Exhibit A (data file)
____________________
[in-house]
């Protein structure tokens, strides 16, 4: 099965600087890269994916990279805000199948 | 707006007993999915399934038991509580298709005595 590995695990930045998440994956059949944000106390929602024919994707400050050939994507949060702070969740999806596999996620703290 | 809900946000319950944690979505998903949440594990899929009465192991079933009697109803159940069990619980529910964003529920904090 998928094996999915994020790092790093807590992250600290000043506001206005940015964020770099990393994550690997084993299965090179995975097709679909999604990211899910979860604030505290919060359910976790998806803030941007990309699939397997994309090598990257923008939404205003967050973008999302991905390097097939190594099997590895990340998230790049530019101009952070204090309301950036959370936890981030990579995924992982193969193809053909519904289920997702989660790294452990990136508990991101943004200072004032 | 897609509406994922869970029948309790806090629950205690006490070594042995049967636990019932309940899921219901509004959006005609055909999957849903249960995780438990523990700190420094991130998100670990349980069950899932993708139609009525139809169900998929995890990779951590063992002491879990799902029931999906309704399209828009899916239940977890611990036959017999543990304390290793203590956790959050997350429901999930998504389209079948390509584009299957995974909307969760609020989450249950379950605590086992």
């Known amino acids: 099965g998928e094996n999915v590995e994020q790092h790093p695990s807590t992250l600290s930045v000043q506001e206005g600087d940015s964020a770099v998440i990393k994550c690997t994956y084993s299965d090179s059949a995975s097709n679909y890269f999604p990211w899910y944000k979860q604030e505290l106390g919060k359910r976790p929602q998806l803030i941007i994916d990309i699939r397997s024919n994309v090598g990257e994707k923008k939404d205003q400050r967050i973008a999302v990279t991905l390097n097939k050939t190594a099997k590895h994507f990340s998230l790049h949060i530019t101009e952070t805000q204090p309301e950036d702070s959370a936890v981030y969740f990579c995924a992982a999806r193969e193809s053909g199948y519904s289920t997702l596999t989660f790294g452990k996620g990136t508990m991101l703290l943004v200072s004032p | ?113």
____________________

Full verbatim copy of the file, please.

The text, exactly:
[in-house]
């Protein structure tokens, strides 16, 4: 099965600087890269994916990279805000199948 | 707006007993999915399934038991509580298709005595 590995695990930045998440994956059949944000106390929602024919994707400050050939994507949060702070969740999806596999996620703290 | 809900946000319950944690979505998903949440594990899929009465192991079933009697109803159940069990619980529910964003529920904090 998928094996999915994020790092790093807590992250600290000043506001206005940015964020770099990393994550690997084993299965090179995975097709679909999604990211899910979860604030505290919060359910976790998806803030941007990309699939397997994309090598990257923008939404205003967050973008999302991905390097097939190594099997590895990340998230790049530019101009952070204090309301950036959370936890981030990579995924992982193969193809053909519904289920997702989660790294452990990136508990991101943004200072004032 | 897609509406994922869970029948309790806090629950205690006490070594042995049967636990019932309940899921219901509004959006005609055909999957849903249960995780438990523990700190420094991130998100670990349980069950899932993708139609009525139809169900998929995890990779951590063992002491879990799902029931999906309704399209828009899916239940977890611990036959017999543990304390290793203590956790959050997350429901999930998504389209079948390509584009299957995974909307969760609020989450249950379950605590086992």
């Known amino acids: 099965g998928e094996n999915v590995e994020q790092h790093p695990s807590t992250l600290s930045v000043q506001e206005g600087d940015s964020a770099v998440i990393k994550c690997t994956y084993s299965d090179s059949a995975s097709n679909y890269f999604p990211w899910y944000k979860q604030e505290l106390g919060k359910r976790p929602q998806l803030i941007i994916d990309i699939r397997s024919n994309v090598g990257e994707k923008k939404d205003q400050r967050i973008a999302v990279t991905l390097n097939k050939t190594a099997k590895h994507f990340s998230l790049h949060i530019t101009e952070t805000q204090p309301e950036d702070s959370a936890v981030y969740f990579c995924a992982a999806r193969e193809s053909g199948y519904s289920t997702l596999t989660f790294g452990k996620g990136t508990m991101l703290l943004v200072s004032p | ?113």